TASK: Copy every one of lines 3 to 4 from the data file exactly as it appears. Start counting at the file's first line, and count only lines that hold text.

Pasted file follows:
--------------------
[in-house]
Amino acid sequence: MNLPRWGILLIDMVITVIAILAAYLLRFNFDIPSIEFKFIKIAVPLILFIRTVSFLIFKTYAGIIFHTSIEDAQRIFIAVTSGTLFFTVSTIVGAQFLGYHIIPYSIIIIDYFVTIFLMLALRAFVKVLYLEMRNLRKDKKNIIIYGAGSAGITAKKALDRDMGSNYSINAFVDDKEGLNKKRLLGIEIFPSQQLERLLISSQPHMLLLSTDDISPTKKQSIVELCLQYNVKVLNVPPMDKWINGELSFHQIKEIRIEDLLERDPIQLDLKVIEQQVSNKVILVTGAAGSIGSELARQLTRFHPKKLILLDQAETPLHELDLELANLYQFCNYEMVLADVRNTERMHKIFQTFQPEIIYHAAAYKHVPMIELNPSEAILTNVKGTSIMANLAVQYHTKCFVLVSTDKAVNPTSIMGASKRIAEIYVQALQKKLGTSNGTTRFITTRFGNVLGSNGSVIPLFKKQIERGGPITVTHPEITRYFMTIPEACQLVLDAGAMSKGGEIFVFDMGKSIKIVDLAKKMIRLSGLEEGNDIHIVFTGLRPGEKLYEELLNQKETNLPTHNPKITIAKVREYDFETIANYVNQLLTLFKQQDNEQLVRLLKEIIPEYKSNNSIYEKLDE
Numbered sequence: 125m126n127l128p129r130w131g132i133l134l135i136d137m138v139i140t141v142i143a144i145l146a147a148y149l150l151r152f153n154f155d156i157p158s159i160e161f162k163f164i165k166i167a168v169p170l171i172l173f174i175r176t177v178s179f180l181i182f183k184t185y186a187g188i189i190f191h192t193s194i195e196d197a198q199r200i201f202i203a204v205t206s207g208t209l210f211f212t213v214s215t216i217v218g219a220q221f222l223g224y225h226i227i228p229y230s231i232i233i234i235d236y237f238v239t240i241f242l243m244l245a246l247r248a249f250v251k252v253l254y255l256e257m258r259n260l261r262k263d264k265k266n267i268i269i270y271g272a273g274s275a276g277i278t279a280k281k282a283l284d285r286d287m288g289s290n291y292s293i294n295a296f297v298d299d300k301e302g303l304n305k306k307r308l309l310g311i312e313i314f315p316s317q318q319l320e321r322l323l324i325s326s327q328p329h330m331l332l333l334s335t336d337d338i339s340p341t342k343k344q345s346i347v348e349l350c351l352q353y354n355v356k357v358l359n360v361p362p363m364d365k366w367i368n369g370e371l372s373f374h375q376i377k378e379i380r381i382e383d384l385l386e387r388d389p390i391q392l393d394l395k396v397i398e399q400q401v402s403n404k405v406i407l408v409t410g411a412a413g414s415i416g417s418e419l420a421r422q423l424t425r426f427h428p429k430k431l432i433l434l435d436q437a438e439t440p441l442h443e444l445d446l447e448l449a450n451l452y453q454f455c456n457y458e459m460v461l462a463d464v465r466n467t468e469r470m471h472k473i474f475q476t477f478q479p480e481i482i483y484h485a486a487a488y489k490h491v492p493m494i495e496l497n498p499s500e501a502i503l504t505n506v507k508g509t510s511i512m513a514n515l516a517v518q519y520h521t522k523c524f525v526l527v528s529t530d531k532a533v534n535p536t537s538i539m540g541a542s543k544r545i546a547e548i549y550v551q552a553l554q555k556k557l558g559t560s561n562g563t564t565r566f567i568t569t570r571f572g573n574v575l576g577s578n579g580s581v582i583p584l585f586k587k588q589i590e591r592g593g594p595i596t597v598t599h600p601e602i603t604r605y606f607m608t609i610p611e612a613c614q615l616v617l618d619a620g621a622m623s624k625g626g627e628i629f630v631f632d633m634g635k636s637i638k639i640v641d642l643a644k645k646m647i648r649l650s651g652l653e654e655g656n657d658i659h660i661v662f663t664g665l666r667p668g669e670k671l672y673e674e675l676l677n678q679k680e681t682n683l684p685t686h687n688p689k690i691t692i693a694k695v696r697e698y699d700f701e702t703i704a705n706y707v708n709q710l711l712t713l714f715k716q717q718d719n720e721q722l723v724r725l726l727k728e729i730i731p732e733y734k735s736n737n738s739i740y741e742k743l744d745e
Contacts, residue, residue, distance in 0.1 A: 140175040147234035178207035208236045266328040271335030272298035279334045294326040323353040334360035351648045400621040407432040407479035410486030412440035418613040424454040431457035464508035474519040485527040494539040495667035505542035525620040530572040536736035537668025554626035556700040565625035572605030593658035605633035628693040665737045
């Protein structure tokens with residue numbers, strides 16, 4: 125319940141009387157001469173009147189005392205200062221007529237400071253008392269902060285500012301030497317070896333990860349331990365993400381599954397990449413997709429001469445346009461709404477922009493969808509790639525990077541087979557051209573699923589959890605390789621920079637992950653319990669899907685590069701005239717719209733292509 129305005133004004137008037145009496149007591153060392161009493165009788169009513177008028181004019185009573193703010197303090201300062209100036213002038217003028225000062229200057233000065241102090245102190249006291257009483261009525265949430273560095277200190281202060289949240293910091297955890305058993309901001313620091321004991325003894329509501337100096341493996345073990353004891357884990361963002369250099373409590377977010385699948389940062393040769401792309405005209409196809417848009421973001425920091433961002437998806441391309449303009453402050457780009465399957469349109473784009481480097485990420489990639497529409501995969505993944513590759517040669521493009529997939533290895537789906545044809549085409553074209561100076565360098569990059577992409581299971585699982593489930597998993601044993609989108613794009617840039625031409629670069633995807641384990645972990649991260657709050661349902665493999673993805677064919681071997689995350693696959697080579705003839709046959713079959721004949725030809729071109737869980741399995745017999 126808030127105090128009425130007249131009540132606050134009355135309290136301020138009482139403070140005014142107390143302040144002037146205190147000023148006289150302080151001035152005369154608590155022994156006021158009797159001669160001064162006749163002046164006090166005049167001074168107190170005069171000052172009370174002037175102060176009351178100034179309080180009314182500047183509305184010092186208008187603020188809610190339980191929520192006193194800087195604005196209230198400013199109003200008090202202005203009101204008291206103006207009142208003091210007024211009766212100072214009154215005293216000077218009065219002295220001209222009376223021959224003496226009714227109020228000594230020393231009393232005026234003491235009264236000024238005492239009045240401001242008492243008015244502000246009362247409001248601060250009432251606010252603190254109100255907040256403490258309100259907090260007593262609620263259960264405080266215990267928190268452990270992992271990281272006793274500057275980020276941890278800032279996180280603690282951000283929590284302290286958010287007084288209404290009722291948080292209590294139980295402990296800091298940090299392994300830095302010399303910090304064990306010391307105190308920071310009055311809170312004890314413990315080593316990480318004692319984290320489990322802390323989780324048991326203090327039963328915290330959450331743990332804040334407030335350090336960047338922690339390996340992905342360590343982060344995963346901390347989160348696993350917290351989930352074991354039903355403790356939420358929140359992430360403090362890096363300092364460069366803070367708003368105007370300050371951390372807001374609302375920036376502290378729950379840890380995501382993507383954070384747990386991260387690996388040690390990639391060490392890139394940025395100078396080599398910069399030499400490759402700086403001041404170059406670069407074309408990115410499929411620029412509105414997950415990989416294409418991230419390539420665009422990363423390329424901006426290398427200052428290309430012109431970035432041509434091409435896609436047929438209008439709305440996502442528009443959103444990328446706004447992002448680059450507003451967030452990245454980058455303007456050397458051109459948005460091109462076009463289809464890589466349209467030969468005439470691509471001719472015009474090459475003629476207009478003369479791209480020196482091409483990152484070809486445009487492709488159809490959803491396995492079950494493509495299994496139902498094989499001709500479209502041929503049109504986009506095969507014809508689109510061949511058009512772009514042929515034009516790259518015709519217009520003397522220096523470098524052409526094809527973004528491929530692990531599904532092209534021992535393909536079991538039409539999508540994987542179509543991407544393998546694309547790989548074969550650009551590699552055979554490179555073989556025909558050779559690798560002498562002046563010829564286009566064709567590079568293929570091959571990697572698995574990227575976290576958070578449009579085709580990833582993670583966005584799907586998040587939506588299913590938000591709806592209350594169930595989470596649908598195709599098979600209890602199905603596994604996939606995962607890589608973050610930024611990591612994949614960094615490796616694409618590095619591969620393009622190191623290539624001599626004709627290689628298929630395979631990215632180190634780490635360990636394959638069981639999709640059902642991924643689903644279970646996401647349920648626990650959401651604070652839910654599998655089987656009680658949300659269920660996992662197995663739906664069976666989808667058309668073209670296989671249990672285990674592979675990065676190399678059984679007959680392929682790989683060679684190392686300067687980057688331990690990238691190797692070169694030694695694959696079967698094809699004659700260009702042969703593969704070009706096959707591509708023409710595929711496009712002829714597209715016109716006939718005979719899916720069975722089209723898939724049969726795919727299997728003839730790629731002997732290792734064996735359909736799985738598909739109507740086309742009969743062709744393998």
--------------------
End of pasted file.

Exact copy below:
Numbered sequence: 125m126n127l128p129r130w131g132i133l134l135i136d137m138v139i140t141v142i143a144i145l146a147a148y149l150l151r152f153n154f155d156i157p158s159i160e161f162k163f164i165k166i167a168v169p170l171i172l173f174i175r176t177v178s179f180l181i182f183k184t185y186a187g188i189i190f191h192t193s194i195e196d197a198q199r200i201f202i203a204v205t206s207g208t209l210f211f212t213v214s215t216i217v218g219a220q221f222l223g224y225h226i227i228p229y230s231i232i233i234i235d236y237f238v239t240i241f242l243m244l245a246l247r248a249f250v251k252v253l254y255l256e257m258r259n260l261r262k263d264k265k266n267i268i269i270y271g272a273g274s275a276g277i278t279a280k281k282a283l284d285r286d287m288g289s290n291y292s293i294n295a296f297v298d299d300k301e302g303l304n305k306k307r308l309l310g311i312e313i314f315p316s317q318q319l320e321r322l323l324i325s326s327q328p329h330m331l332l333l334s335t336d337d338i339s340p341t342k343k344q345s346i347v348e349l350c351l352q353y354n355v356k357v358l359n360v361p362p363m364d365k366w367i368n369g370e371l372s373f374h375q376i377k378e379i380r381i382e383d384l385l386e387r388d389p390i391q392l393d394l395k396v397i398e399q400q401v402s403n404k405v406i407l408v409t410g411a412a413g414s415i416g417s418e419l420a421r422q423l424t425r426f427h428p429k430k431l432i433l434l435d436q437a438e439t440p441l442h443e444l445d446l447e448l449a450n451l452y453q454f455c456n457y458e459m460v461l462a463d464v465r466n467t468e469r470m471h472k473i474f475q476t477f478q479p480e481i482i483y484h485a486a487a488y489k490h491v492p493m494i495e496l497n498p499s500e501a502i503l504t505n506v507k508g509t510s511i512m513a514n515l516a517v518q519y520h521t522k523c524f525v526l527v528s529t530d531k532a533v534n535p536t537s538i539m540g541a542s543k544r545i546a547e548i549y550v551q552a553l554q555k556k557l558g559t560s561n562g563t564t565r566f567i568t569t570r571f572g573n574v575l576g577s578n579g580s581v582i583p584l585f586k587k588q589i590e591r592g593g594p595i596t597v598t599h600p601e602i603t604r605y606f607m608t609i610p611e612a613c614q615l616v617l618d619a620g621a622m623s624k625g626g627e628i629f630v631f632d633m634g635k636s637i638k639i640v641d642l643a644k645k646m647i648r649l650s651g652l653e654e655g656n657d658i659h660i661v662f663t664g665l666r667p668g669e670k671l672y673e674e675l676l677n678q679k680e681t682n683l684p685t686h687n688p689k690i691t692i693a694k695v696r697e698y699d700f701e702t703i704a705n706y707v708n709q710l711l712t713l714f715k716q717q718d719n720e721q722l723v724r725l726l727k728e729i730i731p732e733y734k735s736n737n738s739i740y741e742k743l744d745e
Contacts, residue, residue, distance in 0.1 A: 140175040147234035178207035208236045266328040271335030272298035279334045294326040323353040334360035351648045400621040407432040407479035410486030412440035418613040424454040431457035464508035474519040485527040494539040495667035505542035525620040530572040536736035537668025554626035556700040565625035572605030593658035605633035628693040665737045